The biological roots of morality
Michael De Dora
Posted on July 6, 2011
The Chronicle of Higher Education has a great essay on the “neurophilosophical” work being done by Patricia Churchland, professor emerita of philosophy at the University of California at San Diego. Take a look:
Churchland … has been best known for her work on the nature of consciousness. But now, with a new book, Braintrust: What Neuroscience Tells Us About Morality (Princeton University Press), she is taking her perspective into fresh terrain: ethics. And the story she tells about morality is, as you’d expect, heavily biological, emphasizing the role of the peptide oxytocin, as well as related neurochemicals.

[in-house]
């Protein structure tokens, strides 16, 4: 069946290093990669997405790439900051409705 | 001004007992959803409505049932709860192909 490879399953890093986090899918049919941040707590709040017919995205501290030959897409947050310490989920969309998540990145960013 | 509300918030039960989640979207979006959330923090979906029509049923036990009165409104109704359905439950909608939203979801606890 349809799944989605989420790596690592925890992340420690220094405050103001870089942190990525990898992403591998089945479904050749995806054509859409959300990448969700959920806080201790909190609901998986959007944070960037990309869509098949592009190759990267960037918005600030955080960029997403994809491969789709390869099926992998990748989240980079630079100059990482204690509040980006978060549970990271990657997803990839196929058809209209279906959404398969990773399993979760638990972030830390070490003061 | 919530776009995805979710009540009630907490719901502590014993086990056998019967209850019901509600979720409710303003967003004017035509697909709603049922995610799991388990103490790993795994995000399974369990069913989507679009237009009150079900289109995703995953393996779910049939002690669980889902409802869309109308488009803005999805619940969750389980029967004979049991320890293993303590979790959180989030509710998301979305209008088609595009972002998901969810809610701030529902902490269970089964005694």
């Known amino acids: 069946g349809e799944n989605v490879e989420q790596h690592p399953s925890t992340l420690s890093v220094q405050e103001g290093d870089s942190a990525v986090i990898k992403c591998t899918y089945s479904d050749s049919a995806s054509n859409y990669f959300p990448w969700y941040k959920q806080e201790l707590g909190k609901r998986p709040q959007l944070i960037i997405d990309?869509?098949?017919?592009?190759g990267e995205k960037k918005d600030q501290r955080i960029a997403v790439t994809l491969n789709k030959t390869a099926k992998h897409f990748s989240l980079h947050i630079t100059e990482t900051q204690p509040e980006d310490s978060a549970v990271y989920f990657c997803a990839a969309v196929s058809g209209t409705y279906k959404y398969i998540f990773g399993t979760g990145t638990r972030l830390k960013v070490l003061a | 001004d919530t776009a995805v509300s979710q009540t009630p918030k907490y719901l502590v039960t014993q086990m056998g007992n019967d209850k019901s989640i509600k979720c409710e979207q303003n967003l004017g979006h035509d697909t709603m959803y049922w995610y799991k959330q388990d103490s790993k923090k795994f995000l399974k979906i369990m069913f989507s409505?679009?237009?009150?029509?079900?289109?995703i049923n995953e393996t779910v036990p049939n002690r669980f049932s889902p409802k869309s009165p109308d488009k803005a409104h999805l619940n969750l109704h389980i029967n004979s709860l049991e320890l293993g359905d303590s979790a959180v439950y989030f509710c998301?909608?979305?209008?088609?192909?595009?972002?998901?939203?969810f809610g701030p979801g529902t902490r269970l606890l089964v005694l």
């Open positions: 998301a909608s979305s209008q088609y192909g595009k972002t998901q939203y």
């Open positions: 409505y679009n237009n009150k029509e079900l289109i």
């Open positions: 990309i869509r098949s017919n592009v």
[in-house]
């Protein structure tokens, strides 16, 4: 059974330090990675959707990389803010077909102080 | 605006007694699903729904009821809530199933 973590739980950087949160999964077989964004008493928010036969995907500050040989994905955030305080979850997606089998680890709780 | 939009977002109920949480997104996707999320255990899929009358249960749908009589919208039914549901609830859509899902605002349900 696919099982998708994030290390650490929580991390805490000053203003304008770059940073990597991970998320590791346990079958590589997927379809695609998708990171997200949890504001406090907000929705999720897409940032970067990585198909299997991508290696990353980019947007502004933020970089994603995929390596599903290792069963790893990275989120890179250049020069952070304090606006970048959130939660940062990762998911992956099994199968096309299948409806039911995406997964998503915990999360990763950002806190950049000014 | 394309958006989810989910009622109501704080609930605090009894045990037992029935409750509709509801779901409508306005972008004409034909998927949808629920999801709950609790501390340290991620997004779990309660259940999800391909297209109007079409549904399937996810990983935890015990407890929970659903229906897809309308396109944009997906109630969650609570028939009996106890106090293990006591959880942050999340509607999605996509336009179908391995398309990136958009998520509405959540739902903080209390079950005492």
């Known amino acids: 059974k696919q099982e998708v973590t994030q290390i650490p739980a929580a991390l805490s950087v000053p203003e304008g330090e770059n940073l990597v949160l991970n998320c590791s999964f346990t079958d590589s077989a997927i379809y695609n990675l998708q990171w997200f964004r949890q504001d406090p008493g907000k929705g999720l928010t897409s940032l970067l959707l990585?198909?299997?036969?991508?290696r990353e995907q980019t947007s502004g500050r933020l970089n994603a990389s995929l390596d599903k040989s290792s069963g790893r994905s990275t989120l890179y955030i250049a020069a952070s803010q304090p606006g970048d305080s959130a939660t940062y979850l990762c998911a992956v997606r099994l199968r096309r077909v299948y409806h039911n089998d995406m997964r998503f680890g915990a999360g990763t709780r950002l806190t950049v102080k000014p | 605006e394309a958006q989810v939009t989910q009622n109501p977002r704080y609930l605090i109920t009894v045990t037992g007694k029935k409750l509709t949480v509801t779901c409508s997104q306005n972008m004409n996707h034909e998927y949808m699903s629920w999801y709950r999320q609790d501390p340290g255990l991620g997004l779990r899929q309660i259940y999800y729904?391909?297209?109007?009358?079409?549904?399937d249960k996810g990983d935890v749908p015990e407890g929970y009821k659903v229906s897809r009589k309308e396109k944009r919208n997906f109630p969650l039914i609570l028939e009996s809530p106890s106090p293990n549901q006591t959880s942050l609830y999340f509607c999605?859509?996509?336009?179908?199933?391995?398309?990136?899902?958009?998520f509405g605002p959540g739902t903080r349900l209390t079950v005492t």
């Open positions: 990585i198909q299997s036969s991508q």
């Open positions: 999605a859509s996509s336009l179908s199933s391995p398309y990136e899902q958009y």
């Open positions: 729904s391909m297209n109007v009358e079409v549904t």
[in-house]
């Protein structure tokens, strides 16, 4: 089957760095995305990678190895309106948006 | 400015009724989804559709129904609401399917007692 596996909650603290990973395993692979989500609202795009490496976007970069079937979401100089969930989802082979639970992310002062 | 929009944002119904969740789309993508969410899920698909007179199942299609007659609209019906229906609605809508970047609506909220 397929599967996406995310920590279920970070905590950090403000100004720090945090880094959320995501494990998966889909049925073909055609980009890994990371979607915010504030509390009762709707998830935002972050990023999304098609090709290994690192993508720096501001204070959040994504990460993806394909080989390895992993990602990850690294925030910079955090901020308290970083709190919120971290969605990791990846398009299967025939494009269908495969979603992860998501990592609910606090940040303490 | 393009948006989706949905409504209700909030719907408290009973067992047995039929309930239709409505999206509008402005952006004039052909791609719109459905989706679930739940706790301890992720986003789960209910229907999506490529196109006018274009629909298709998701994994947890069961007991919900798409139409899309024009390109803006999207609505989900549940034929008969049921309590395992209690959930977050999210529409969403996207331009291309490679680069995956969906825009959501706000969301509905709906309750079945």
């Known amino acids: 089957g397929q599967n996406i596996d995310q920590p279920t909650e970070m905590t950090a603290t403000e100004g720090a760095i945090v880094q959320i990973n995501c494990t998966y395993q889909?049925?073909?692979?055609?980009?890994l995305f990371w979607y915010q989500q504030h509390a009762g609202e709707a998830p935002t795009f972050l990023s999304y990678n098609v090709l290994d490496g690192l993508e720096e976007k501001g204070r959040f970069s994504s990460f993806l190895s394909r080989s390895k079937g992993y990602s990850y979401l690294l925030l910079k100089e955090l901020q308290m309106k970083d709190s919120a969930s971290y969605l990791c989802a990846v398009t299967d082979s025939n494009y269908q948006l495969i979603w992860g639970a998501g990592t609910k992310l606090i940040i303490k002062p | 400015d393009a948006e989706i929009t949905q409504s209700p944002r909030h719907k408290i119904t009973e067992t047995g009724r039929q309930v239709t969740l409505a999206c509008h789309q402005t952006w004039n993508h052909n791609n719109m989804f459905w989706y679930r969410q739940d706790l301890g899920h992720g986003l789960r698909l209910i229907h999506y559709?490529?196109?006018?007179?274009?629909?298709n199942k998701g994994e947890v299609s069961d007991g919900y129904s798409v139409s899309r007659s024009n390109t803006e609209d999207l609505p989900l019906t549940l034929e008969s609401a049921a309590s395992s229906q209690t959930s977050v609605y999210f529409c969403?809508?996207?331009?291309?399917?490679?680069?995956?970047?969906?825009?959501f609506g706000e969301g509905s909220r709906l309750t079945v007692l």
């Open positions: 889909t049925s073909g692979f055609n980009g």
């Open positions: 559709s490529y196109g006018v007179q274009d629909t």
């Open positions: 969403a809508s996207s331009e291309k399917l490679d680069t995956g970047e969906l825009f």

“I have long been interested in the origins of values,” she says, the day after lecturing on that topic at the nearby American Museum of Natural History. “But I would read contemporary ethicists and just feel very unsatisfied. It was like I couldn’t see how to tether any of it to the hard and fast. I couldn’t see how it had anything to do with evolutionary biology, which it has to do, and I couldn’t see how to attach it to the brain.”
Tagged: ethics, neuroscience, philosophy, science